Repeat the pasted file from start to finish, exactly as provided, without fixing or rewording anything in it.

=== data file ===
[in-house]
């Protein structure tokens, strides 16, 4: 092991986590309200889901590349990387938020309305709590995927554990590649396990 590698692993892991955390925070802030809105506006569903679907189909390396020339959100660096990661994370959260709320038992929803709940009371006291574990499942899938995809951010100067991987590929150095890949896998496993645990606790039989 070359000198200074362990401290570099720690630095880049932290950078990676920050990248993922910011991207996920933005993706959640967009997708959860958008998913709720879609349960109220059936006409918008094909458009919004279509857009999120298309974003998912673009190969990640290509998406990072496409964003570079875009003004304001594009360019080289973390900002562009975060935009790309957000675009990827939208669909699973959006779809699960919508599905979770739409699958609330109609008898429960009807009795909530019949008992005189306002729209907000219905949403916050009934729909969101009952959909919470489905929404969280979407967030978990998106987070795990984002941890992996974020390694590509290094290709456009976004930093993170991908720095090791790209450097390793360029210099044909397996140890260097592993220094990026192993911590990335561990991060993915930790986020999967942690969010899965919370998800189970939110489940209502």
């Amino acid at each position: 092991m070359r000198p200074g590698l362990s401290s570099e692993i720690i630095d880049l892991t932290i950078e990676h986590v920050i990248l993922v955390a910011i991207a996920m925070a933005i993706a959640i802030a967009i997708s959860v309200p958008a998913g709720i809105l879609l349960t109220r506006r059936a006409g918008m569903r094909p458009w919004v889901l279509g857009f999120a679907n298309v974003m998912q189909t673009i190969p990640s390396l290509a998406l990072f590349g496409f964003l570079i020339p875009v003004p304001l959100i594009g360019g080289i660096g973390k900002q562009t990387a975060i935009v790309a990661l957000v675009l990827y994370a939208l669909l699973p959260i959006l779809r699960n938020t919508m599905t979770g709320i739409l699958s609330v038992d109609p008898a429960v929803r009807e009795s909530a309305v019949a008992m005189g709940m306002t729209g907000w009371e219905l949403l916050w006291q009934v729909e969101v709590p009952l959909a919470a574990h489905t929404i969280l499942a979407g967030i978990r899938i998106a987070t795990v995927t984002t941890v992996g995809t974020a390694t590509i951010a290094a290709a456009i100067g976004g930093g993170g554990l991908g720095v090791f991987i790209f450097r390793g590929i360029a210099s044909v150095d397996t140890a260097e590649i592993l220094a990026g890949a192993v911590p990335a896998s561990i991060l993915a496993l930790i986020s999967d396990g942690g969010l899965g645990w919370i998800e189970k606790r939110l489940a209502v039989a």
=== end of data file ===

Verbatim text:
[in-house]
């Protein structure tokens, strides 16, 4: 092991986590309200889901590349990387938020309305709590995927554990590649396990 590698692993892991955390925070802030809105506006569903679907189909390396020339959100660096990661994370959260709320038992929803709940009371006291574990499942899938995809951010100067991987590929150095890949896998496993645990606790039989 070359000198200074362990401290570099720690630095880049932290950078990676920050990248993922910011991207996920933005993706959640967009997708959860958008998913709720879609349960109220059936006409918008094909458009919004279509857009999120298309974003998912673009190969990640290509998406990072496409964003570079875009003004304001594009360019080289973390900002562009975060935009790309957000675009990827939208669909699973959006779809699960919508599905979770739409699958609330109609008898429960009807009795909530019949008992005189306002729209907000219905949403916050009934729909969101009952959909919470489905929404969280979407967030978990998106987070795990984002941890992996974020390694590509290094290709456009976004930093993170991908720095090791790209450097390793360029210099044909397996140890260097592993220094990026192993911590990335561990991060993915930790986020999967942690969010899965919370998800189970939110489940209502």
């Amino acid at each position: 092991m070359r000198p200074g590698l362990s401290s570099e692993i720690i630095d880049l892991t932290i950078e990676h986590v920050i990248l993922v955390a910011i991207a996920m925070a933005i993706a959640i802030a967009i997708s959860v309200p958008a998913g709720i809105l879609l349960t109220r506006r059936a006409g918008m569903r094909p458009w919004v889901l279509g857009f999120a679907n298309v974003m998912q189909t673009i190969p990640s390396l290509a998406l990072f590349g496409f964003l570079i020339p875009v003004p304001l959100i594009g360019g080289i660096g973390k900002q562009t990387a975060i935009v790309a990661l957000v675009l990827y994370a939208l669909l699973p959260i959006l779809r699960n938020t919508m599905t979770g709320i739409l699958s609330v038992d109609p008898a429960v929803r009807e009795s909530a309305v019949a008992m005189g709940m306002t729209g907000w009371e219905l949403l916050w006291q009934v729909e969101v709590p009952l959909a919470a574990h489905t929404i969280l499942a979407g967030i978990r899938i998106a987070t795990v995927t984002t941890v992996g995809t974020a390694t590509i951010a290094a290709a456009i100067g976004g930093g993170g554990l991908g720095v090791f991987i790209f450097r390793g590929i360029a210099s044909v150095d397996t140890a260097e590649i592993l220094a990026g890949a192993v911590p990335a896998s561990i991060l993915a496993l930790i986020s999967d396990g942690g969010l899965g645990w919370i998800e189970k606790r939110l489940a209502v039989a």